Madame Defarge, with her arms folded, sat in the morning light and heat, contemplating the wine-shop and the street. In both, there were several knots of loungers, squalid and miserable, but now with a manifest sense of power enthroned on their distress. The raggedest nightcap, awry on the wretchedest head, had this crooked significance in it: “I know how hard it has grown for me, the wearer of this, to support life in myself; but do you know how easy it has grown for me, the wearer of this, to destroy life in you?” Every lean bare arm, that had been without work before, had this work always ready for it now, that it could strike. The fingers of the knitting women were vicious, with the experience that they could tear. There was a change in the appearance of Saint Antoine; the image had been hammering into this for hundreds of years, and the last finishing blows had told mightily on the expression. mdaeMa Deagrfe sat tou in eth ongmrin usn iwth hre rsma lfodde, htniknig otuba hte eniw hops nad eht serett. In both lcosonati rteeh ewre arvlsee opgrus of eolppe. Teyh weer opro nad hpnypau, tbu own tyeh hda a lnceiotaeb neses of owpre cpldea evor hteir aihsnpupnes. eEvn het tmos relibmsea npreso in teh tsmo dtetrate pntgachi aws iaysng, “I nokw hwo adrh it sha ceemob rof me to kaem a ivnlgi, ubt do uyo nkwo who eysa it ahs oebmce fro me ktae yruo lief away from yuo?” eepolP who hda ebne loyepemndu bofere now dha hte rowk of vrenege abliavlae to etmh at lal istem. ehT srefnig of teh tknnigti owenm ewre covuiis, wongnik that ehty oducl taer. aiSnt tAnnioe klooed tffrenedi. It ahd eebn nghinagc oitn shit for nhsreddu of ayers, adn the anlif cahgsne of the stap keew eerw idvente.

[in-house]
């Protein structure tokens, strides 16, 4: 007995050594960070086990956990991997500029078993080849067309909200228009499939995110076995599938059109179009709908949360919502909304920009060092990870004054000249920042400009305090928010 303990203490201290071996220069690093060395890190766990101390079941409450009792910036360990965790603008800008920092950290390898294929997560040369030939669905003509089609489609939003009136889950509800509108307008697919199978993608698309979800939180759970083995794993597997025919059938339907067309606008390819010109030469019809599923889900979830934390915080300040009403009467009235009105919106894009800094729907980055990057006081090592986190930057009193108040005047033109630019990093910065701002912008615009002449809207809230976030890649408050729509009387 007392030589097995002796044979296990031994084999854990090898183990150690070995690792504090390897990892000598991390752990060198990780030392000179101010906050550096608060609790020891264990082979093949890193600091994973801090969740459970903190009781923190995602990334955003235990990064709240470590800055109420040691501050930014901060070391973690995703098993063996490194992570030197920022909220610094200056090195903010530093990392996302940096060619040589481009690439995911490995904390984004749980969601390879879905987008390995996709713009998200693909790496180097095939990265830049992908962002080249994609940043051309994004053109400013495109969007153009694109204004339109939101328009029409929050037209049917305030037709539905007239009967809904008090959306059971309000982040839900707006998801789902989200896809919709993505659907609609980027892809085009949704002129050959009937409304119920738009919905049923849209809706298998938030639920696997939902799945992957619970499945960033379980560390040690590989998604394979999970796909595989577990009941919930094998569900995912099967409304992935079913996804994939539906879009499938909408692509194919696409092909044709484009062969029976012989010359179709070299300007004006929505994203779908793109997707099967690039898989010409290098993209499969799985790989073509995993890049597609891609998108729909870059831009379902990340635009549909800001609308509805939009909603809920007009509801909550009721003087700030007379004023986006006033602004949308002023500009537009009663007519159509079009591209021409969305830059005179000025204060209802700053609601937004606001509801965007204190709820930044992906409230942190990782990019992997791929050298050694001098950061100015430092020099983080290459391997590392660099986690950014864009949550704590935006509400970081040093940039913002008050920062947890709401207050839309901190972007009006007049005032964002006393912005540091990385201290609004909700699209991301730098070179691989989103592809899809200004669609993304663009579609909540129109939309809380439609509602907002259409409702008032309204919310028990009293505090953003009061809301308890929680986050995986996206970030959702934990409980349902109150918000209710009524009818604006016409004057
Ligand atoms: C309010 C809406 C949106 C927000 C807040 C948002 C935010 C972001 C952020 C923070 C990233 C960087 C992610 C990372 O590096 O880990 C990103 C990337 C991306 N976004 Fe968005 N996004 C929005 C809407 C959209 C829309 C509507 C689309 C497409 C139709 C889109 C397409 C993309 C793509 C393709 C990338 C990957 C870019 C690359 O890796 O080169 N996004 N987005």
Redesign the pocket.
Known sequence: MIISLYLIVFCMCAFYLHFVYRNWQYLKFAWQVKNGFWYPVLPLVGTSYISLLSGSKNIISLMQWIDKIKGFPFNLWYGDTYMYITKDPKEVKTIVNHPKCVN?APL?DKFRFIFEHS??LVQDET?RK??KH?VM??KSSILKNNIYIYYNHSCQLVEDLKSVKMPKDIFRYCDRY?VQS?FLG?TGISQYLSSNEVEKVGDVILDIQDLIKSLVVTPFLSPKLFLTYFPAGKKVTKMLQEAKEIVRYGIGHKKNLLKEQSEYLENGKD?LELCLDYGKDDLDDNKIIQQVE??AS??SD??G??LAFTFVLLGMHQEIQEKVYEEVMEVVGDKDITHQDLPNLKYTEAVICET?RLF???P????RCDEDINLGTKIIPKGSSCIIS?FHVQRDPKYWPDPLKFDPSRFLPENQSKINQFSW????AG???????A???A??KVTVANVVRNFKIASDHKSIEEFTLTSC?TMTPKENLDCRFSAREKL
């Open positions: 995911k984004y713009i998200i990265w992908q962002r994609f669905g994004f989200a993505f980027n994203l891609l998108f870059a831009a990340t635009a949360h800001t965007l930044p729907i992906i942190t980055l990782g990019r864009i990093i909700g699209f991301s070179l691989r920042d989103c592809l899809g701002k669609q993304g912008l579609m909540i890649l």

Madame Defarge sat observing it, with such suppressed approval as was to be desired in the leader of the Saint Antoine women. One of her sisterhood knitted beside her. The short, rather plump wife of a starved grocer, and the mother of two children withal, this lieutenant had already earned the complimentary name of The Vengeance. aMaedm fgeearD sta hgwcaint het dorhniebogho. ehS sdsgdueii ehr aeusrepl htwi it, as eth edrlea of hte wenmo of anitS Atenoni lsohdu. henrotA oanmw swa knitintg txne to hre. ehT rstoh, lmupp wief of a tinh, aintgvrs rcgreo and eth eohmtr of two ilcrndhe, esh asw ilke a laieuenttn to eaMmda faeegDr. heS dah enarde eth emkniacn “eTh enegaVcne.”